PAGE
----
My new book, Gilded Suffragists: The New York Socialites Who Fought for Women’s Right To Vote, tells the fascinating story of more than two hundred New York social figures -- Astors, Belmonts, Harrimans, Vanderbilts and their circle -- who joined the women’s suffrage movement in the 1910s. Chronicled by a vibrant newspaper industry for their extravagant lifestyles, they became the media darlings of their day. And when these glamorous socialites embraced the suffrage campaign, they became the first celebrities to endorse a political cause in the twentieth century.…
In writing about people, I delight in discovering aspects of their lives that illuminate their character. When I wrote the obituary of Ronald Reagan, I read that as he was leaving the presidency, a reporter asked Reagan what it had been like to be an actor in the White House, the first. He cocked his head, smiled and said, “There have been times in this office when I’ve wondered how you could do the job if you hadn’t been an actor.” To me, that anecdote told volumes about his values and his perspective on power and its uses.
I have never seen a social cause as organic as the #MeToo movement. It is as if the whole community of women -- around the world -- has risen up in self-awareness to say to men, “Enough! Enough of treating me as an object, as a person less powerful than you, as a person less worthy than you.” In the workplace and in the home space, for many generations, men had weaponized sex. Now women were weaponizing outrage. The rage — and the courage — comes from a place of shared … [Read More...]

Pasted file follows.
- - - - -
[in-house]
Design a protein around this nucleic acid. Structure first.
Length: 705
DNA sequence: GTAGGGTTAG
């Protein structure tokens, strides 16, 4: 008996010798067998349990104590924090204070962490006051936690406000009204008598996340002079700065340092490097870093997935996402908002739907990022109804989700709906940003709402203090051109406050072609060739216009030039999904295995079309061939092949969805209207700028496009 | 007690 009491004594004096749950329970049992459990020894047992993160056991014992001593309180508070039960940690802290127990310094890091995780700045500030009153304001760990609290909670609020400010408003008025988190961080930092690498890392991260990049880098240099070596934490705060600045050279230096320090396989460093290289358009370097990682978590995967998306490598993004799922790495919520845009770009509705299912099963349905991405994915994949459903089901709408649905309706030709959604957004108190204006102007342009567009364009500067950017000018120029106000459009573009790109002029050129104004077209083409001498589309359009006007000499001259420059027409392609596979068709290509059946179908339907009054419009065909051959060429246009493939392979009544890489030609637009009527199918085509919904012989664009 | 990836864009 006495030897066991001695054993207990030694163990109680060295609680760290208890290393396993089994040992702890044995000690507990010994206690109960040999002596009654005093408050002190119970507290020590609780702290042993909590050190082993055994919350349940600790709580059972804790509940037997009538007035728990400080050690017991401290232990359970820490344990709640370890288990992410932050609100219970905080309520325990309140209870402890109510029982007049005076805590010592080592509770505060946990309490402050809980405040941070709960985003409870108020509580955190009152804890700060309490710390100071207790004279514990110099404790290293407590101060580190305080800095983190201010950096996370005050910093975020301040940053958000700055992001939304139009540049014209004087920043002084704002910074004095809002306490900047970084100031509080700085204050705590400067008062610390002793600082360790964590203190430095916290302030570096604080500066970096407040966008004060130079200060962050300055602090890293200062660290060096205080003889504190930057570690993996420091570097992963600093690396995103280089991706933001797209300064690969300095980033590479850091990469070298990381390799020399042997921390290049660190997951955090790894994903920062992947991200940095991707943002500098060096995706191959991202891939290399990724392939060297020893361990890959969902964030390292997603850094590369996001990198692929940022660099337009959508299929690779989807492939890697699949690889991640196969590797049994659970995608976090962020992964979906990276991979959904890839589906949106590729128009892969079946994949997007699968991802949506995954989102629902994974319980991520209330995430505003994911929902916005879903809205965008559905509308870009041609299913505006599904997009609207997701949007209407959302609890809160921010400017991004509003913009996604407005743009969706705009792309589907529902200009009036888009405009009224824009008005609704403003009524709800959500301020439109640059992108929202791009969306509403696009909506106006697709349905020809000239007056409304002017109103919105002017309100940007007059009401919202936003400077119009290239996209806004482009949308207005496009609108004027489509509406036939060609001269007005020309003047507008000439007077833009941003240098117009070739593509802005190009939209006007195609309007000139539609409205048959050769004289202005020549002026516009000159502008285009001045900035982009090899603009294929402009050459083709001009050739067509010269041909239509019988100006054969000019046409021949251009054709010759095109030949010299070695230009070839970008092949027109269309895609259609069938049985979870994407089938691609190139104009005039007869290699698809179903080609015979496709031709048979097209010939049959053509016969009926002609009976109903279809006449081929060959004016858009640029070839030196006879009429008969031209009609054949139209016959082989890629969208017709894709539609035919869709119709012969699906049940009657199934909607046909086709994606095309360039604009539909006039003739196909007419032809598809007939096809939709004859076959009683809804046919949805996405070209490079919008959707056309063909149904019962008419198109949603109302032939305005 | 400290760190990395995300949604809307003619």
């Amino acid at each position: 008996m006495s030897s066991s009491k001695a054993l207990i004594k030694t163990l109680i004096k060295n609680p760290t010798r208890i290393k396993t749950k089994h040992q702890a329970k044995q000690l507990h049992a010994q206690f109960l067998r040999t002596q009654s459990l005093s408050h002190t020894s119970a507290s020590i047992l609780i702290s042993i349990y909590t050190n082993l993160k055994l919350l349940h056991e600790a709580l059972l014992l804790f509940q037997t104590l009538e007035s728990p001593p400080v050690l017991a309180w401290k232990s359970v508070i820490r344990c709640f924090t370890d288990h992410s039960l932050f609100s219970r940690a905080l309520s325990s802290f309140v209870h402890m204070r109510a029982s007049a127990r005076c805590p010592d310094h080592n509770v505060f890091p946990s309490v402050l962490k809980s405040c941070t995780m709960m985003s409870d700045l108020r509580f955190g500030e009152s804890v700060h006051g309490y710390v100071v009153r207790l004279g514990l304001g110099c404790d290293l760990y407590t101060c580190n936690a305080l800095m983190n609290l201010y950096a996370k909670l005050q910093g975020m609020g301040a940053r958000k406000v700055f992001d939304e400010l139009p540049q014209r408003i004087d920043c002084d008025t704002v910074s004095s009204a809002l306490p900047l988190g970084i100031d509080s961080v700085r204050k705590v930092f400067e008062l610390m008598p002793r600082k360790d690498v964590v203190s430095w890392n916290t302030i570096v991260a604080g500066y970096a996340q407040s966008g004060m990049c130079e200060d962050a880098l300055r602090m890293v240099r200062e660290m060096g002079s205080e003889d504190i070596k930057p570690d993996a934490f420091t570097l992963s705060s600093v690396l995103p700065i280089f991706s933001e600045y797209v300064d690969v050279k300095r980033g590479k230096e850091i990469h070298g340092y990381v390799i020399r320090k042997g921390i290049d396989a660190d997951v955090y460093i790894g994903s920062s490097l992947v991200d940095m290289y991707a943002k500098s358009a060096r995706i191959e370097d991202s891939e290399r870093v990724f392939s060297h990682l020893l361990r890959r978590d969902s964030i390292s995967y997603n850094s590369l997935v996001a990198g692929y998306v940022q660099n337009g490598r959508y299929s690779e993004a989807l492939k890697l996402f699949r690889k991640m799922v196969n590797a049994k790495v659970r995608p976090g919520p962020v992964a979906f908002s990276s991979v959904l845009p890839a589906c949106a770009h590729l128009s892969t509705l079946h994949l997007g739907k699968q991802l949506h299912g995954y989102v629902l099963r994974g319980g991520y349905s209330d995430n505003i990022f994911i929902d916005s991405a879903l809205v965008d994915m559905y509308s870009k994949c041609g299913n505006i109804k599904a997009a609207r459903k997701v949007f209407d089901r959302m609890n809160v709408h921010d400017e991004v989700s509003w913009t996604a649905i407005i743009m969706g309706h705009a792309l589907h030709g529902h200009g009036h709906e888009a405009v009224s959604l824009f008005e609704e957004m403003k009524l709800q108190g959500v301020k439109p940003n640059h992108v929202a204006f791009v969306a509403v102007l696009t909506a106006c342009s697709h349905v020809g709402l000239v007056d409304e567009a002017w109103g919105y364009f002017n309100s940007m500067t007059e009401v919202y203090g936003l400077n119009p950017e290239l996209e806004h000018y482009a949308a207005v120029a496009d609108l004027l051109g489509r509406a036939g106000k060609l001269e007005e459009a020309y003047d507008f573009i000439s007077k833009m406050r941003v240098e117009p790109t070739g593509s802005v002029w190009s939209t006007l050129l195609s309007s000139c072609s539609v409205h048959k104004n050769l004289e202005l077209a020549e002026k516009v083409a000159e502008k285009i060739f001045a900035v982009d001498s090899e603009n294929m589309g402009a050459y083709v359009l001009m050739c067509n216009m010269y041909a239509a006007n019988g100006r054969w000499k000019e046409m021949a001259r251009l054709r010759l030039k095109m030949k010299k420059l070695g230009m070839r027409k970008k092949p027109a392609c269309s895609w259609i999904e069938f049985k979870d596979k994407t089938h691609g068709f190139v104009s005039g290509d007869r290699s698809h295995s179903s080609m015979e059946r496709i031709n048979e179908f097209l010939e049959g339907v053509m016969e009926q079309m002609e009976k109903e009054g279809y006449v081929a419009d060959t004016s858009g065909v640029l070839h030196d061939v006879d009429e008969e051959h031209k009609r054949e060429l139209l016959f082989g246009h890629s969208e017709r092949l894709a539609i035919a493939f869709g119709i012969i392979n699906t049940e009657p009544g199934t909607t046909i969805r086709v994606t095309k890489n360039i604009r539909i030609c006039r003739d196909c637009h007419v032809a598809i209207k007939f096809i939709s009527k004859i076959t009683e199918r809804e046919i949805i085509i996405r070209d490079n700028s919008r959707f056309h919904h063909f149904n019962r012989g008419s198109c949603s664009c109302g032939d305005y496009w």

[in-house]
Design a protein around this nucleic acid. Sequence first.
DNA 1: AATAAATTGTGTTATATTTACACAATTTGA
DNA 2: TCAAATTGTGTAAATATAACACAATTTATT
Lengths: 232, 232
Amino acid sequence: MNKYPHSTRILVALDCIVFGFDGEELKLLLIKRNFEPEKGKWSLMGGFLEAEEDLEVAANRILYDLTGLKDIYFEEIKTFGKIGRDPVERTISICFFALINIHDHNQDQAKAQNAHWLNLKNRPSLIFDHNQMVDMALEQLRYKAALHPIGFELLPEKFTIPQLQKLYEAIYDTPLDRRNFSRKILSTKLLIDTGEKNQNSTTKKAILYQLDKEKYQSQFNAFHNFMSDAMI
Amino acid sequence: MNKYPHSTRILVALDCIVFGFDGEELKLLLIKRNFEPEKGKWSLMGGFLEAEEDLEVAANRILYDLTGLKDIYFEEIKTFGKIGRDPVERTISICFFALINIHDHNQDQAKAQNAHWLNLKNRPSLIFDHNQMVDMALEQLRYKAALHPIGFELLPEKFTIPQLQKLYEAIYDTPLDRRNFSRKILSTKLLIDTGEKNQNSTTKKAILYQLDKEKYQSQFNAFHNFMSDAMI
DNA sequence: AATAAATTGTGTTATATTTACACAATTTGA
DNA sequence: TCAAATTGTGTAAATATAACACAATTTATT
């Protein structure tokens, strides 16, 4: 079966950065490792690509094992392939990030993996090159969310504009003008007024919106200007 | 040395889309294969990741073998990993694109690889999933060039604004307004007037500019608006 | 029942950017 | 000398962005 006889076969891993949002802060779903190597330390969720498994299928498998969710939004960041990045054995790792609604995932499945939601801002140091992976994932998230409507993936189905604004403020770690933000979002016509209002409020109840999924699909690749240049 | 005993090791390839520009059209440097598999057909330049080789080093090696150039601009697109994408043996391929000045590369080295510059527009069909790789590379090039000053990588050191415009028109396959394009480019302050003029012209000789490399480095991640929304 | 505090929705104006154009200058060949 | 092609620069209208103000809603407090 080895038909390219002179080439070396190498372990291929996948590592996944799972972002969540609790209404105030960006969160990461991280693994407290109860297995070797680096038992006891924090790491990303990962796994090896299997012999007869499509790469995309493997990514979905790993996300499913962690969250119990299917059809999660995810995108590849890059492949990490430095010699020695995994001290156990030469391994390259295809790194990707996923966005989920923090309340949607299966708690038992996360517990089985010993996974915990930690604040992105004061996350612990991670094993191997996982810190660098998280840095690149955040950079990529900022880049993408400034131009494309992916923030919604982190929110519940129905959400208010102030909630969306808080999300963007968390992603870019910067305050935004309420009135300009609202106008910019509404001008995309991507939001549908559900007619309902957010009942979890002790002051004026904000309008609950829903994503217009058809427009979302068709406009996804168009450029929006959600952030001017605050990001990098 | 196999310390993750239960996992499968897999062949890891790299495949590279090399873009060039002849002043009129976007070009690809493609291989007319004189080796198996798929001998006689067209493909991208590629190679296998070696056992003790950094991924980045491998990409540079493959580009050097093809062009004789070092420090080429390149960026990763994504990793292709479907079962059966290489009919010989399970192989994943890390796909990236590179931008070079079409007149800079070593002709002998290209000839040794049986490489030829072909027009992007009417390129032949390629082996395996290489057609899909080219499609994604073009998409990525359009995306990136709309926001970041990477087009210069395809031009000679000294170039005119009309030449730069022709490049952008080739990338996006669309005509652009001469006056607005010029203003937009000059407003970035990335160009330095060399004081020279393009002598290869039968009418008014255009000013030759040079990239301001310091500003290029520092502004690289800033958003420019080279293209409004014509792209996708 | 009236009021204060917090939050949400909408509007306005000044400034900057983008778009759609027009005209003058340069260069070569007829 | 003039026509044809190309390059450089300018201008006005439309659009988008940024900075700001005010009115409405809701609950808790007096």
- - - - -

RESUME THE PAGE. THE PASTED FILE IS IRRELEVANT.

A few weeks ago my great-niece came home from school in distress. "The teacher said I was white," she told her mother. "But we're not white!" In the eyes of a six-year-old, people are the color she will need to find in her crayon box to draw them -- peach or beige or cocoa or chocolate brown or some combination of all of them. She would never use a white crayon for a Caucasian or a black one for an African. The whole vocabulary of race baffles her. It is something she will be taught. … [Read More...]
Alfred Gwynne Vanderbilt, a great grandson of railroad tycoon Cornelius Vanderbilt, is best known for going down with the ship. Not the RMS Titanic -- that iceberg accident happened in 1912 -- but three years later, on the RMS Lusitania, torpedoed by a German U-boat. It was in many ways a view the prelude to war, the aggression against a civilian ship that forced Woodrow Wilson -- after he won re-election on a platform, "He kept us out of war" -- to reassess U.S. entry in World War I. Unable … [Read More...]
To me, the four most powerful words in any language are, “Once upon a time.” Storytelling is inspiring, and at its heart is a focus on people. Stories, whether novels or histories, hold a mirror to our own lives, teaching us about ourselves and about our shared fears, observations and ambitions.
Women On the March
Former President Reagan Dies at 93
Meryl Streep’s ‘rebel and a slave’ flap is a matter of historical perspective, not insensitivity
Southern Lady, With Accent on Spy Career
For those who have been following the book tour for Gilded Suffragists: The New York Socialites Who Fought for Women’s Right to Vote, comes news that C-SPAN 2, Book TV, is airing the conversation between me and PBS’ Judy Woodruff this weekend — at 11 p.m. Saturday November 11 and again at 1 p.m. Sunday November 12.
Details here. Thank you for all the support. And hope you enjoy the show!